The new study found that between 2010–2020 there were 614 cases of wild mushroom poisoning in Israel. Compared to other countries, ours had it relatively good: while only 0.17% of all inquiries about poisoning in Israel were due to eating poisonous mushrooms, in Switzerland, for example, the rate was 1.7%.
Of these 614 cases, 41% involved adults (over the age of 18), 39% had to do with children up to 6, and 15% were 6-18 years old. Additionally, more cases involved men rather than women. Lewinsohn explains that children tend to be curious about their environment and taste various things that come their way on the ground; naturally, some of those things are mushrooms.
As mentioned, the fool’s mushroom, the death cap, and the deadly dapperling were responsible for the most severe poisonings. The most common mushrooms in poisoning cases in Israel are of the Inocybe genus and the Green-spored Parasol (Chlorophyllum molybdites). The former have poison which can cause, among other conditions, increased secretion of saliva and sweat, constriction of the pupils, and a drop in blood pressure; the latter causes severe digestive system disruptions.
While most poisonings occur in the winter – when most mushrooms emerge above ground – the Green-spored Parasol grows in the summer, in grasses, and is responsible for most of the poisoning cases in the warm months. And if you too are used to the fact that the “correct” setting for picking mushrooms that turn out to be deadly is a forest, you might be surprised to learn that, in fact, lawns – both public and domestic – were the most common places for poisoning cases to occur in.
All of the above considered, how can you continue picking mushrooms but still protect yourself from poisoning? “In telling edible mushrooms apart from poisonous ones, you can’t rely on smell or taste, nor can you rely on cooking to neutralize the toxins – because they contain substances that are heat resistant,” explains Lewinsohn. Therefore, she recommends not collecting mushrooms without either a qualified guide or prior in-depth knowledge. “Publishing the poisoning cases and raising awareness among the public about the dangers of picking mushrooms could help reduce the number of poisoning cases. In addition, it is important to keep children away from mushrooms growing on lawns.”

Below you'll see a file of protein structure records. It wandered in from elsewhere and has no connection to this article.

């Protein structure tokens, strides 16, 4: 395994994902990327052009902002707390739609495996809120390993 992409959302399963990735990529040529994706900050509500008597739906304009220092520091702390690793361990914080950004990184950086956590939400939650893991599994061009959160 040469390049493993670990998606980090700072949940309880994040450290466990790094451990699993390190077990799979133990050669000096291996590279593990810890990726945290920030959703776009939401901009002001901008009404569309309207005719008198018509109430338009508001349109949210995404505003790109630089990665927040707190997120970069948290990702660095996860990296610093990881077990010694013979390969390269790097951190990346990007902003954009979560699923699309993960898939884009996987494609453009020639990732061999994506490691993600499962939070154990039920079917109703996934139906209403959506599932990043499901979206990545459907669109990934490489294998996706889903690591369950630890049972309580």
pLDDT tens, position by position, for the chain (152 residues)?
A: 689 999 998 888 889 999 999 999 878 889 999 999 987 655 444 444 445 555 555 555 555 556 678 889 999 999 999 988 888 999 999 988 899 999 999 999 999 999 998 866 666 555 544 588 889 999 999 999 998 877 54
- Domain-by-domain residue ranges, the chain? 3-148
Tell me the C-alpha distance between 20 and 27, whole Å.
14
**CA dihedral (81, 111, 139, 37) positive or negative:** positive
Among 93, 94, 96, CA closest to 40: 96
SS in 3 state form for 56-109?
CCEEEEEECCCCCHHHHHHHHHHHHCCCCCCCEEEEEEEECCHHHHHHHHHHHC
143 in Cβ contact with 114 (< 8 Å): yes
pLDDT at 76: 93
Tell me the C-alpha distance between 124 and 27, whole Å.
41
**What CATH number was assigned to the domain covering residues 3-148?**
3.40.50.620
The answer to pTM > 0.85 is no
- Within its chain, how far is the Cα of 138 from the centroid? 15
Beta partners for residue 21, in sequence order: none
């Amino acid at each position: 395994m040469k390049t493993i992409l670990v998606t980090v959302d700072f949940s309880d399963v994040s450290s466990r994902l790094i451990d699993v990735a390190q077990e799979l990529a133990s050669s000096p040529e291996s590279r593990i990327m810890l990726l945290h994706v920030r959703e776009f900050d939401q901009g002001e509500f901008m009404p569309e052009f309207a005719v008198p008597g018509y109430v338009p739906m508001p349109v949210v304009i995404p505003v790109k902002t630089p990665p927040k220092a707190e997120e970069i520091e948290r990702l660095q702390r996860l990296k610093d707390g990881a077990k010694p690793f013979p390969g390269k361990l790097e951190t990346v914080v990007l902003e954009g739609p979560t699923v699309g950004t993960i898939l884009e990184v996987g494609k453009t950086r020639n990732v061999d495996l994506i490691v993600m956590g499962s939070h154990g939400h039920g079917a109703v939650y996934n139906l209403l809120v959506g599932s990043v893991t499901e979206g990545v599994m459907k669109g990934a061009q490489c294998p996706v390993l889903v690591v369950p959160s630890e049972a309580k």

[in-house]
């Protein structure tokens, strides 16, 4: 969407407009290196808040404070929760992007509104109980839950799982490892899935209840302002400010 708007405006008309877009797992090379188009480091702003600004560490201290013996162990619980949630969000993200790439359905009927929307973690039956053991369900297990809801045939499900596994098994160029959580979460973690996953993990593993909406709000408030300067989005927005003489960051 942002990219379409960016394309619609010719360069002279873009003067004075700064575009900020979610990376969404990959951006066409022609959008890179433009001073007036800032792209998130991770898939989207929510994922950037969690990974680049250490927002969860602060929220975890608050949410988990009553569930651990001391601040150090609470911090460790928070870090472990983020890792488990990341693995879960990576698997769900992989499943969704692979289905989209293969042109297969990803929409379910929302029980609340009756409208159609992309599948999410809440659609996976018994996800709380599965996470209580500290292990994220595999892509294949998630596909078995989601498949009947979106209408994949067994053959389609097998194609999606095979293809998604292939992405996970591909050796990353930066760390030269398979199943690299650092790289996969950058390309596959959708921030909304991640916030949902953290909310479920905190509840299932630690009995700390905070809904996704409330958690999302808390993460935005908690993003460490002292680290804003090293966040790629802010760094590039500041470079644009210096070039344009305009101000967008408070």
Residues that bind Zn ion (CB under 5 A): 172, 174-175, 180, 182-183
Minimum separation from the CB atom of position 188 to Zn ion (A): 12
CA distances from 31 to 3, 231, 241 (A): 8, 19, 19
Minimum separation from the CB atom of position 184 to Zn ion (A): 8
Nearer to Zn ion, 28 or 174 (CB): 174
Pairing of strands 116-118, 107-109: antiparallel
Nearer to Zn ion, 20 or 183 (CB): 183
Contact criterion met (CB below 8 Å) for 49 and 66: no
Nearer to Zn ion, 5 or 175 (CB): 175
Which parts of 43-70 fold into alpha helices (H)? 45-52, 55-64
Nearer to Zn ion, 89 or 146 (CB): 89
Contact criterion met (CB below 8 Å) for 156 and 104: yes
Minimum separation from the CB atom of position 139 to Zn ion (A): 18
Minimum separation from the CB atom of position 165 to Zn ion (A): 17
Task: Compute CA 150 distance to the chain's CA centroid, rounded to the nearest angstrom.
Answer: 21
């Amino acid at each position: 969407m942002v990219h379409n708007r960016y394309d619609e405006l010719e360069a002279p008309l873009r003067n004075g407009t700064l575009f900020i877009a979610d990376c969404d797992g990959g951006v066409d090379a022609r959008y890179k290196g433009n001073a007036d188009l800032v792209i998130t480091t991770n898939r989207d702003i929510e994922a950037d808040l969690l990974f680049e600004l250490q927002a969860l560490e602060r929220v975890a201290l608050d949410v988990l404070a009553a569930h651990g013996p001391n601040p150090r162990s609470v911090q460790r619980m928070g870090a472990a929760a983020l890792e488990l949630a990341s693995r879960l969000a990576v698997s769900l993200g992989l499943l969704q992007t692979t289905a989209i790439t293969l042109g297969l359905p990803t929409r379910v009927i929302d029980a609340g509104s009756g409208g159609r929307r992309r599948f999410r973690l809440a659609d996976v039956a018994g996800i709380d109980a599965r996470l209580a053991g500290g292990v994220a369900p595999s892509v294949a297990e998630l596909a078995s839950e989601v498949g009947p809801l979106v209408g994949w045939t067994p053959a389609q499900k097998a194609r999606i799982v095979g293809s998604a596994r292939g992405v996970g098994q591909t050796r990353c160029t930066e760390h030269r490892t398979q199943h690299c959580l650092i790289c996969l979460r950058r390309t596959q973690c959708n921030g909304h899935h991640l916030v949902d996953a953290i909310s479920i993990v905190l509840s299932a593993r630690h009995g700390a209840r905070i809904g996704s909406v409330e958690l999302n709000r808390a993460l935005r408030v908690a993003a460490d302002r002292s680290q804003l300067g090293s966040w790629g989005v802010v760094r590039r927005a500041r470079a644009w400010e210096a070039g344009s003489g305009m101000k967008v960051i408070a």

However, even though incorrectly using mushrooms might cause illness or even death – mushrooms are essential for all of us: they are responsible for the breaking down and recycling of organic matter, they contribute to the growth of trees and plants, and they are used to produce various types of medicine, such as penicillin.
Due to all these, we should protect them better from human harm. “Climate changes such as dry years and accelerated urbanization processes that cause a reduction in the size of natural areas – decrease the spread of the mushrooms,” explains Lewinsohn.
In addition, Israel is a semi-desert country, so the number of mushrooms here is small compared to other regions. It follows that the importance of nature reserves in protecting the spread of mushrooms is crucial. “Without nature reserves in Israel – where picking and gathering of mushrooms is prohibited – their numbers would probably be far smaller,” says Lewinsohn. “That’s why we need to raise the public awareness of nature conservation and to guide them towards less mushroom gathering – so that the mushrooms can continue to grow here in the years to come.”
This ZAVIT Article was also published in Ynetnews on 21 Apr. 2023